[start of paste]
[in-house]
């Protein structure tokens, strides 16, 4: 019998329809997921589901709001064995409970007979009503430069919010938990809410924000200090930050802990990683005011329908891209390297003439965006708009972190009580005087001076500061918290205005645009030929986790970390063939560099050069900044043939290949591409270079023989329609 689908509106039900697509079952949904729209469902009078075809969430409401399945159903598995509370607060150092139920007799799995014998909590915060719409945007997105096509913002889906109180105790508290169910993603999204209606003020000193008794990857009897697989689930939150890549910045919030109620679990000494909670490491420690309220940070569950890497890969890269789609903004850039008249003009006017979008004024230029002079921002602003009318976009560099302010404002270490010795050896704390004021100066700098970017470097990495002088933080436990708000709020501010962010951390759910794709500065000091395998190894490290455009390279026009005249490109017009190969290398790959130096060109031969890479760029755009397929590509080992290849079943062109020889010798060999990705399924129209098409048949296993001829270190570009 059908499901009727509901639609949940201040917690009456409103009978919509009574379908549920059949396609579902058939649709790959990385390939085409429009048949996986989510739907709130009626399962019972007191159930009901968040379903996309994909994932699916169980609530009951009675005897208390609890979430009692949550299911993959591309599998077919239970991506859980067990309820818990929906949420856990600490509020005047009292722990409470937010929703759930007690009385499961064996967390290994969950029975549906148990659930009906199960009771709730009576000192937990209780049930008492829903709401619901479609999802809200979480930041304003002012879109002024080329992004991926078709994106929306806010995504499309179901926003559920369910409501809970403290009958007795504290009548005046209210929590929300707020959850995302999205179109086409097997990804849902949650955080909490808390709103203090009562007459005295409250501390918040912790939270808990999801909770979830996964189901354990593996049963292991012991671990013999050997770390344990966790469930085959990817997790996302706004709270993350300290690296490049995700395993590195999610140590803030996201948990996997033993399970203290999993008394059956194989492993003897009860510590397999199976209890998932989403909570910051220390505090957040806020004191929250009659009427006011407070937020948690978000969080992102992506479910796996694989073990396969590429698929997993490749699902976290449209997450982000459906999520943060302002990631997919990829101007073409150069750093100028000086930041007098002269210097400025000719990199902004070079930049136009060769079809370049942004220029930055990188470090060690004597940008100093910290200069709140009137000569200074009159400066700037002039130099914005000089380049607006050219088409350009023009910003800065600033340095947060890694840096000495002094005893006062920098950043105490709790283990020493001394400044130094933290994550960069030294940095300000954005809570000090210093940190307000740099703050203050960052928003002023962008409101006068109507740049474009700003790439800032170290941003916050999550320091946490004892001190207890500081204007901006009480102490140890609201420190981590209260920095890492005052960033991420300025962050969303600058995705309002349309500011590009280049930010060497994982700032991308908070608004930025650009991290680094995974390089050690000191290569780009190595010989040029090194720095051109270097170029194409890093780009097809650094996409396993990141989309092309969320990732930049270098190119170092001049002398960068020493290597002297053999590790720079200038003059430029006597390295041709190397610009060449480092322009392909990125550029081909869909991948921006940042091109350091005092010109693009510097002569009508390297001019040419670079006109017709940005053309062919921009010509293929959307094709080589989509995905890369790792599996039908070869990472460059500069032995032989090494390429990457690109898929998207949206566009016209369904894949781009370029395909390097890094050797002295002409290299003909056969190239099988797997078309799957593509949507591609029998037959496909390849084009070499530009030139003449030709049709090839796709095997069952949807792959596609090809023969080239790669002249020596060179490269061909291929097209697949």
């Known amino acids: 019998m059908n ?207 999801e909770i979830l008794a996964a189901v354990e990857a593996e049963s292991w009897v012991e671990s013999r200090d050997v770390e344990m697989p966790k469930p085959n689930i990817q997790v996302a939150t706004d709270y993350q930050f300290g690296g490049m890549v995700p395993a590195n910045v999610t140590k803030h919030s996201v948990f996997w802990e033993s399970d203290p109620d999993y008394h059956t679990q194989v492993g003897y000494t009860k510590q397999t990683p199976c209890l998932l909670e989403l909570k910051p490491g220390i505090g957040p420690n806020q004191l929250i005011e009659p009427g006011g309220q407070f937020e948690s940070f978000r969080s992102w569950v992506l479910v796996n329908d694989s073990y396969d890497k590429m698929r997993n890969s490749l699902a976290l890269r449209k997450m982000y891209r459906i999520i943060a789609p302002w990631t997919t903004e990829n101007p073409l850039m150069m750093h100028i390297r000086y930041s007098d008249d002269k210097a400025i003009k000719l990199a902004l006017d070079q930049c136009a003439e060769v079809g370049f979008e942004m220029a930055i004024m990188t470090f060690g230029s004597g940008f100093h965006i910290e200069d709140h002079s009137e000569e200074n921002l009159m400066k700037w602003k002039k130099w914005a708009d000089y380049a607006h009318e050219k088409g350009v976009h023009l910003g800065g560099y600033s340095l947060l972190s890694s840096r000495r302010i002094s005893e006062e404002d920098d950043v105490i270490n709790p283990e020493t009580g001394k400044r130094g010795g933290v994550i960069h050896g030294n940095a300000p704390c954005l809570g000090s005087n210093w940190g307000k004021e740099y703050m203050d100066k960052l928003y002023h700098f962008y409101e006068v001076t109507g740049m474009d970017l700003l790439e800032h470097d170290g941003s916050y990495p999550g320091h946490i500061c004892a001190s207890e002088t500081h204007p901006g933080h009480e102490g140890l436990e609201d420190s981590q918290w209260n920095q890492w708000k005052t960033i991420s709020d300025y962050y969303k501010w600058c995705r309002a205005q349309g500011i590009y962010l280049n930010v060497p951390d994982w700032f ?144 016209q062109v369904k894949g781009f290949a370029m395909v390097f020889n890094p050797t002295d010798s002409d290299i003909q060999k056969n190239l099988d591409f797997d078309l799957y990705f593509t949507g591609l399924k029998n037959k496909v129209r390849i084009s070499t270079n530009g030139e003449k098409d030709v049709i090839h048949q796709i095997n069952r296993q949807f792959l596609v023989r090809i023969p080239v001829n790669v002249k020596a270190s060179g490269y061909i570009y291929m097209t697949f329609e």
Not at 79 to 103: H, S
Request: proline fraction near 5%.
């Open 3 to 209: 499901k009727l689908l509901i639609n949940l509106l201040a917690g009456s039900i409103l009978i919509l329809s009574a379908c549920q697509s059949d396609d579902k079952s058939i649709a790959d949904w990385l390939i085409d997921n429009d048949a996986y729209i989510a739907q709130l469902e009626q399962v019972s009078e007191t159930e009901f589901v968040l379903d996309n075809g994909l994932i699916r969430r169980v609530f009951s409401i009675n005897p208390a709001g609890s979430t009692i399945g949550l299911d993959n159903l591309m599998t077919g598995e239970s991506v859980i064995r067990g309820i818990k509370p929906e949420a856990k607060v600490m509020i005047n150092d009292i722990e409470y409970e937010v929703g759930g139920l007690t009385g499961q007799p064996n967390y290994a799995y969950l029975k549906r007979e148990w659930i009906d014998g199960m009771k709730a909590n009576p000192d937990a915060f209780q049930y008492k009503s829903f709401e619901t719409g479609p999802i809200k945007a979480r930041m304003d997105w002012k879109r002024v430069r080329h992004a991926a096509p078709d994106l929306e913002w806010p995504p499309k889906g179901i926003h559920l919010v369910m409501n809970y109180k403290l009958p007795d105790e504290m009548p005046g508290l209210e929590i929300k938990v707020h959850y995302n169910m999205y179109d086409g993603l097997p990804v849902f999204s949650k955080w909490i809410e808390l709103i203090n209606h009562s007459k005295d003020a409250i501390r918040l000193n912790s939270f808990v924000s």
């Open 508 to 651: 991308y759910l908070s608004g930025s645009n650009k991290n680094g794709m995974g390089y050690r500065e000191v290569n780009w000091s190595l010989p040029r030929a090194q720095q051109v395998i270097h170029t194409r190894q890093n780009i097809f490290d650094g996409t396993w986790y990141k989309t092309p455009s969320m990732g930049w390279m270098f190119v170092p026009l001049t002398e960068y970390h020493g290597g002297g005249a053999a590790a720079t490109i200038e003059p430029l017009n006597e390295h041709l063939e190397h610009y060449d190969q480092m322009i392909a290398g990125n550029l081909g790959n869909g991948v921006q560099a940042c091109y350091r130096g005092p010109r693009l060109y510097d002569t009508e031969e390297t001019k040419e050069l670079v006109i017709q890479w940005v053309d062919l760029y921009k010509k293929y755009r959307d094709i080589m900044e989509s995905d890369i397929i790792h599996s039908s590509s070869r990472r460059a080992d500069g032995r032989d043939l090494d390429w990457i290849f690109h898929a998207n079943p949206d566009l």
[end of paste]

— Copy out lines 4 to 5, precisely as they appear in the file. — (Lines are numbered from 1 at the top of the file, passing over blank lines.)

Not at 79 to 103: H, S
Request: proline fraction near 5%.